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review 2021-04-09 01:51
The Dilemma
 The Dilemma - B.A. Paris

This can’t be a B.A. Paris book, no way! What a huge letdown! I can’t believe I actually finished this book. I don’t think I liked a single one of these characters. I thought the main couple was childish and simple, Livia needs to realize that not everything is about her. I kept thinking there had to be a major twist or a huge reveal or something major coming up as I read, for I knew this book wasn’t like her other books but it couldn’t be like this, could it?

To compensate for the wedding that she never had, Livia sets her sights on having a 40th birthday party blow-out. The idea of this party consumes her, I mean totally consumes her. Every beautiful item that Livia sees, up to the day of her party, she ponders on whether she could use that item for her party. Every item! From food, to clothes, to furnishings, Livia has these thoughts running through her head for years. You know Livia, you are an adult now, act like one. Adam, her husband, is a yes man. He loves Livia dearly and would do anything to make his wife happy but I think he needs to learn to be adult also. Adam also has a very close bond with their daughter, Marnie. His relationship with their son, Josh is a different story. I felt sorry for Josh a few times as I read this story, it seems like he was trying and he did make some compromises. I thought the children played an interesting role in this book.

There are a few other individuals in the story but everyone comes together with Livia’s 40th birthday party which should be a five-star production, since she’s had years to plan it, but the secrets that individuals are holding put a damper on the festivities. It frustrated me that these secrets ballooned. They didn’t seem to amount to much, when compared to the drama the individuals who kept the secrets were making them out to be. It was that anticipation of their reveal, that energy and that mysterious reaction that was going to be brought out by the characters not sharing the information until the last possible moment, that keeps the pages moving forward. I’m a huge fan of B.A. Paris but this one is not my favorite B.A. Paris book. 2.5 stars

Thank you to St. Martin's Press and NetGalley for my copy of this book in exchange for an honest opinion.

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url 2021-01-29 06:29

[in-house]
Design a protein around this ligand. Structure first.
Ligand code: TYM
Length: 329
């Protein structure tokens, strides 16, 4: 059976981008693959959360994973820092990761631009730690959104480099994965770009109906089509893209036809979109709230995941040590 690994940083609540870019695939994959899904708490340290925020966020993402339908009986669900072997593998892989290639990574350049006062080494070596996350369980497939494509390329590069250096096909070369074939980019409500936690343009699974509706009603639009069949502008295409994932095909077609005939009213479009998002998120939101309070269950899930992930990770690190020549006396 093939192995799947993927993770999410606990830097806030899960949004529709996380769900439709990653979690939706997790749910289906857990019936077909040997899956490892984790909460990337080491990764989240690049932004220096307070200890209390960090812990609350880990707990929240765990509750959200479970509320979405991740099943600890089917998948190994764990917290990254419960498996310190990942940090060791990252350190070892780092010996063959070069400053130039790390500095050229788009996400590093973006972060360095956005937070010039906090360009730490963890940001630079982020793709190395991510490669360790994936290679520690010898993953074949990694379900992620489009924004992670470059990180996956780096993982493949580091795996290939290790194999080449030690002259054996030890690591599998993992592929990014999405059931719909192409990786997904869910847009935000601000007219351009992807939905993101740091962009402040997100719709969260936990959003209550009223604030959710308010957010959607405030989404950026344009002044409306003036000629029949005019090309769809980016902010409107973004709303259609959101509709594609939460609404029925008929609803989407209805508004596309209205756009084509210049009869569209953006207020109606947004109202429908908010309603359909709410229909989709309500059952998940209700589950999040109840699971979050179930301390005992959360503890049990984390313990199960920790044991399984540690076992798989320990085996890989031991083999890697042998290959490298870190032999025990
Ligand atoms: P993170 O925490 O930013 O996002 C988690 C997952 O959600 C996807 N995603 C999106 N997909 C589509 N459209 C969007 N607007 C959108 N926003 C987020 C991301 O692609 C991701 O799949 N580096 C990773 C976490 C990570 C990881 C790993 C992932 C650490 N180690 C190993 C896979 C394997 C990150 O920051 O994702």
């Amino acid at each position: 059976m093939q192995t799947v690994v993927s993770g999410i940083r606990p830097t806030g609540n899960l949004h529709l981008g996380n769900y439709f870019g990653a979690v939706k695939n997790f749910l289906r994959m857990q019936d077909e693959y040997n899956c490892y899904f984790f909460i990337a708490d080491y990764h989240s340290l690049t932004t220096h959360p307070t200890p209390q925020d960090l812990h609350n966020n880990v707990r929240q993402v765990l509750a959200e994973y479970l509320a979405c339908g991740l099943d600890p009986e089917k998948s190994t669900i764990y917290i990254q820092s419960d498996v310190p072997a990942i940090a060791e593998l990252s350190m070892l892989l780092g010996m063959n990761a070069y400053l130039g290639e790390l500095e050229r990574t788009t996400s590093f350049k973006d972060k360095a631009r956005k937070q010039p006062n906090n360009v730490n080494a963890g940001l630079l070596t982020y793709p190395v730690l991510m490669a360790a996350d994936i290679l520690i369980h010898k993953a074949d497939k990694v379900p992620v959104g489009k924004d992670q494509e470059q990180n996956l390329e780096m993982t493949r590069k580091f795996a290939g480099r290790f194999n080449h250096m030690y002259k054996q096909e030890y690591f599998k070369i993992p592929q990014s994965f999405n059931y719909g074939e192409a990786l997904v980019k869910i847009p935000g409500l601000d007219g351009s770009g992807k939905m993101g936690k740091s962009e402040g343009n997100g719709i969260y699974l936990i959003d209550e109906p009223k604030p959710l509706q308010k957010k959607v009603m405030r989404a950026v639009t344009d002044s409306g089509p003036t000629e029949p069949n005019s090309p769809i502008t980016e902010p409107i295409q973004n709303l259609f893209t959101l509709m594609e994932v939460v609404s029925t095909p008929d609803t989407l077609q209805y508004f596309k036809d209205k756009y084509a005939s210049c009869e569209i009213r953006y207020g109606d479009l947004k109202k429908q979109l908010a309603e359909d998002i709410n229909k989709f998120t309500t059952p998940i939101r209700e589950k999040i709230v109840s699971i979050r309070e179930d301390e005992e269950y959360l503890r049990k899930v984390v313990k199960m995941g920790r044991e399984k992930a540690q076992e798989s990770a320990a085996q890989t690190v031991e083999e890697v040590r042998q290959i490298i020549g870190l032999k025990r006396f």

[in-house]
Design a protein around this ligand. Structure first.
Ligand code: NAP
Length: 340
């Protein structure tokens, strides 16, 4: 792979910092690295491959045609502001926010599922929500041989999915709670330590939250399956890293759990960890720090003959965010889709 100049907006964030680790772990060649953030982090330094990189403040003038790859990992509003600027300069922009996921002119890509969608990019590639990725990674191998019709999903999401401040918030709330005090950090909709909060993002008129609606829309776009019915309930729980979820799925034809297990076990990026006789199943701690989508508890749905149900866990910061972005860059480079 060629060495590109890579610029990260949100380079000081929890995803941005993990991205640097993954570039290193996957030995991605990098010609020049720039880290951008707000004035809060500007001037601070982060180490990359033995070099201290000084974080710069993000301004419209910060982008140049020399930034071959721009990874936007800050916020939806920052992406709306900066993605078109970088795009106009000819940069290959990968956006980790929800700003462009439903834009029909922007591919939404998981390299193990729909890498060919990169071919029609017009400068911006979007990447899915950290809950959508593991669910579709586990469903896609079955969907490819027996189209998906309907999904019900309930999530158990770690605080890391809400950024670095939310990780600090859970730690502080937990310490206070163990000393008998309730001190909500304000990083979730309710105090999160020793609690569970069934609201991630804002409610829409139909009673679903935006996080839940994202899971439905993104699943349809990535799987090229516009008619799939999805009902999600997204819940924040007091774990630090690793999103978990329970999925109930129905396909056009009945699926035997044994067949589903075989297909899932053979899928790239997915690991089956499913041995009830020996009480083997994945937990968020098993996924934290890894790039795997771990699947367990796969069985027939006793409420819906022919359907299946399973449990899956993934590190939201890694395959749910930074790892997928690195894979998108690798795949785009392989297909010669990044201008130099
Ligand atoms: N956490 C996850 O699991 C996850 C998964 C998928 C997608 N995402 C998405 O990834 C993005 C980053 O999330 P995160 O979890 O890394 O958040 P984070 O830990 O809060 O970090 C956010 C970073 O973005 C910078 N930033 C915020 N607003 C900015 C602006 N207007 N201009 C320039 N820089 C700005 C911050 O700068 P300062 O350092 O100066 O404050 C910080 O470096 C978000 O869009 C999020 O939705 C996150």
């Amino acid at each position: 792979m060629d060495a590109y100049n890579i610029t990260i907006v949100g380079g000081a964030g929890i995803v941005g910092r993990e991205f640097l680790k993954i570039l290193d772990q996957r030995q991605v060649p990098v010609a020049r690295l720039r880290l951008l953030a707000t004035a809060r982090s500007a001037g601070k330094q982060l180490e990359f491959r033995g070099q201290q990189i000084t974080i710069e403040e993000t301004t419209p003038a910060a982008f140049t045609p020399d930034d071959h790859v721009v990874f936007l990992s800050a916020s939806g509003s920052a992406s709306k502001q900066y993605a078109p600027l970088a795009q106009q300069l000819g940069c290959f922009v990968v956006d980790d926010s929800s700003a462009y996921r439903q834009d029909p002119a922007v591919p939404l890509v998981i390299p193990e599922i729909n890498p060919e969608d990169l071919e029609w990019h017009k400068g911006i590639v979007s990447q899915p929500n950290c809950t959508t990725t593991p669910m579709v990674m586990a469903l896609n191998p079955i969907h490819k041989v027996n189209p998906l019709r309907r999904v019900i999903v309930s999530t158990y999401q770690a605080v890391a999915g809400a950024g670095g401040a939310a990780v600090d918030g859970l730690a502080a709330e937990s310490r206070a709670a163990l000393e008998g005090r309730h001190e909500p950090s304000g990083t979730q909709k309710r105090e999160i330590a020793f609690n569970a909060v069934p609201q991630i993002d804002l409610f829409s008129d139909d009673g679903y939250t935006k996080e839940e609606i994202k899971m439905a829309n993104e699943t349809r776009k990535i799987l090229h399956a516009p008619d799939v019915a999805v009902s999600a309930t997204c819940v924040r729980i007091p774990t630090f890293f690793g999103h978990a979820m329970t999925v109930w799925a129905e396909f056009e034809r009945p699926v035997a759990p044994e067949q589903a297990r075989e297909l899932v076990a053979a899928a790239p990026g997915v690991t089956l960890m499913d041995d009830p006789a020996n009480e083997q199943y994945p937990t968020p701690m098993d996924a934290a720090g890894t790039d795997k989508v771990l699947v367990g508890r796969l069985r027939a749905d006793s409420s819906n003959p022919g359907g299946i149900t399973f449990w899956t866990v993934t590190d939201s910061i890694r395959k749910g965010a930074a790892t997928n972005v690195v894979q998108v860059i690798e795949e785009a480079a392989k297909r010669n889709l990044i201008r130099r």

Arctic Refuge Region Opened Up For Oil Drilling by Trump Administration

Despite several protests, the Trump administration has approved millions of acres of land in the Arctic Refuge region for oil drilling.

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url 2020-12-09 10:32
Paris Climate Agreement Strategic Aims to Save The World

Paris agreement strategically deals with the greenhouse gas emissions mitigation, finance, and adaptation as well. It was sanctioned in 2016.

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review 2020-06-24 21:01
En Route, London to Paris, Peter Brown
En Route London to Paris - Peter Brown En Route London to Paris - Peter Brown

Peter Brown; plein air; really good; nice bloke. Prolific, too - I've still got three unread catalogues on my shelf and haven't checked his website for new ones for months. Here I found the Brit paintings better than the France paintings, generally speaking. No idea why. 

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review 2020-06-03 13:09
The Light of Paris
The Light of Paris - Eleanor Brown

by Eleanor Brown

 

This is a story of two women, each of whom discover Paris in their own way. We first meet Madeleine in 1999. She is drawn to art and loves to paint, but her family circumstances place her as a corporate wife to the sort of very controlling husband who makes a woman dream of being single and free to wear what she wants, eat what she wants, and spend her time painting instead of schmoozing with the wives of business contacts with whom she has nothing in common.

 

Madeleine finds her grandmother's diary and reads about Margie in Jazz age Paris, 1916. Margie lives in a time and culture where young women debut when they reach marriageable age and expect to find a well-to-do husband and have children. But Margie is having none of it, she wants to be a writer and live a Bohemian lifestyle. Her first encounter with a man her parents approve of, what might be called a rich wastrel, gives her a push in the direction of an unconventional life ahead.

 

I was struck by the writing in this and how eloquently the personalities involved were portrayed, from Madeleine herself down to the peripheral characters. Each of them came alive in just a few paragraphs of lyrical prose and made their indelible stamp on the story.

 

Madeleine and her grandmother had much in common. Both were born into 'society' families that had expectations of how young women thought and behaved, both had artistic urges that made then want to break out of the molds created for them and both were given the chance to sample what life might be like if they rebelled against the 'expectations' thrust upon them.

 

I could appreciate how difficult it was for each of them to break loose from the training of their lives, of family expectations and all that they knew to try to enjoy something of life beyond the prescribed formula for their social strata. More interesting still was experiencing Paris through the eyes of Margie, the grandmother, and wondering if she would find a way to maintain her newly discovered freedom.

 

The book kept me interested and wanting to know the fate of each of the women and what choices they would make for their lives, given the limitations thrust upon them. The end didn't disappoint, though I would have liked to see how Madeleine fared in Paris.

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